If money wasn't an object, how would you really enjoy spending your life? Without thinking about all the details and the logistics, but instead thinking only of what truly makes you happy — would you be doing the same thing you're doing right now? Alan Watts, a British speaker, philosopher, and writer, captured in words what's easy to forget or ignore in practice: happiness matters. Watch this beautiful recording, where he makes these poignant points about why it's important to do what you love.
1. Stop thinking about money first.
Watts says that "if you say that getting the money is the most important thing, you will spend your life completely wasting your time. You will be doing things you don't like doing in order to go on living, that is, to go on doing things you don't like doing." Which, as he accurately points out, is stupid.
2. Quality of life is more important than anything else.
"Better to have a short life that is full of what you like doing," Watts says, "than a long life spent in a miserable way."
3. If you love something, you will be good at.
Regardless of how nice it would be to do what we want all day, every day, we do have to make a living. Watts addresses this fact by saying that "if you do really like what you're doing . . . you can become a master of it." If you completely master a talent, one can theoretically benefit monetarily and/or find a way to make ends meet comfortably while finding a balance between doing what they love and what needs to be done.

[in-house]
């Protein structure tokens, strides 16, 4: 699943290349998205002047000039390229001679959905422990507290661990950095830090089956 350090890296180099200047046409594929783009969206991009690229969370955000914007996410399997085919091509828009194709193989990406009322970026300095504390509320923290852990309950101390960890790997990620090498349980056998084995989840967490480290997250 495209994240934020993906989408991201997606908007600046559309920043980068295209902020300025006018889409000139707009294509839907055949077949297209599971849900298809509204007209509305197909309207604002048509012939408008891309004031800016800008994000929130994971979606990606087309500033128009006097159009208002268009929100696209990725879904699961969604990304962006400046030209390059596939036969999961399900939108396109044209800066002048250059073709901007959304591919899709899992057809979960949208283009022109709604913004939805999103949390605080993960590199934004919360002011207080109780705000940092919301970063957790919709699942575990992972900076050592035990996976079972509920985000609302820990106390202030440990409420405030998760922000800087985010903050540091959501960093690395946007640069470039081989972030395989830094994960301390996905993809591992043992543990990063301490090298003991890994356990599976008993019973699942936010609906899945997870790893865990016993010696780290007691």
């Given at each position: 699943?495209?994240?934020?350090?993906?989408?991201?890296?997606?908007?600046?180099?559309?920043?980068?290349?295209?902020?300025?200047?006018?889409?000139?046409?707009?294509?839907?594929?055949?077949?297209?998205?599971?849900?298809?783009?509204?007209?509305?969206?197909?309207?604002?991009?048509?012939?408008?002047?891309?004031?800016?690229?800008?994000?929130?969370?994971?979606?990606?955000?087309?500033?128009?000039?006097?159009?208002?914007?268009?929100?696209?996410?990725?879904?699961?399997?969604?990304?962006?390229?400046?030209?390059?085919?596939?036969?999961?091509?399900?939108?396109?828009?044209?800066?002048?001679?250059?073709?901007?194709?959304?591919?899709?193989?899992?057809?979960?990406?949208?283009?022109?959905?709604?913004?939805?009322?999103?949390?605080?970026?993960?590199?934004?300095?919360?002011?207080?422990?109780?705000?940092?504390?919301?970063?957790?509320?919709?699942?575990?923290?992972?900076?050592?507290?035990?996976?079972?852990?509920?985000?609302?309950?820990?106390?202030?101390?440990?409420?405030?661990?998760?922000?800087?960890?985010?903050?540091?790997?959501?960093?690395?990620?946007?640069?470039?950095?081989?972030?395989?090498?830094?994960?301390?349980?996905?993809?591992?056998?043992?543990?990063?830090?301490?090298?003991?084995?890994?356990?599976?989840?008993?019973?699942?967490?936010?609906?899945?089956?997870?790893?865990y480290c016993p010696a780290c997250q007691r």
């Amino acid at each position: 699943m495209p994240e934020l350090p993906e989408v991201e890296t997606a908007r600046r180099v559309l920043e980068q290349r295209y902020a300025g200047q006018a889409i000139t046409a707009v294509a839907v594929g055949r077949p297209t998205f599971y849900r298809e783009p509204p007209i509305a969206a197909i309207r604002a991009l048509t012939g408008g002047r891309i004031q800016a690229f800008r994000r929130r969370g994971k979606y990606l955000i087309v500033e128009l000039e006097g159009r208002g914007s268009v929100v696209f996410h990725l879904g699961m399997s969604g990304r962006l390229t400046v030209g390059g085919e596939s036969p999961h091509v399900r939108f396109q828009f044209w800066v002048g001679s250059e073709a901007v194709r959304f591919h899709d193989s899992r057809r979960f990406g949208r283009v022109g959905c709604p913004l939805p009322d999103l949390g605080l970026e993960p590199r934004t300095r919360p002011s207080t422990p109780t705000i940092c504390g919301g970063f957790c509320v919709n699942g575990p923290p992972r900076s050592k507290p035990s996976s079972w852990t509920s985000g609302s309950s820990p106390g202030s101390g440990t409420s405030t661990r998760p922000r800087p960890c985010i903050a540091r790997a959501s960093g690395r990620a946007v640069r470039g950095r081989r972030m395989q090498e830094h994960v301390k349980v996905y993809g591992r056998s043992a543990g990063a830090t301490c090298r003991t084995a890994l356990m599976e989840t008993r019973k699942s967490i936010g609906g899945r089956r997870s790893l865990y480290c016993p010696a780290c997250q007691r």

4. We are creating a culture of people who aren't pursuing their passions — and we need to change it.
"It's absolutely stupid to spend time doing things you don't like," Watts says emphatically. We, in turn, teach our children the same thing, thus perpetuating a cycle with misplaced emphasis on the importance of money and work rather than what makes us happy. "We are bringing up children and educating them to live the same sort of lives we're living . . . to bring up their children to do the same thing. It's all retch and no vomit — it never gets there," he says.
5. Find what you love, and do it.
Watts thinks people should ask themselves one question: What do I desire? Once you know the answer to that question, the rest will follow.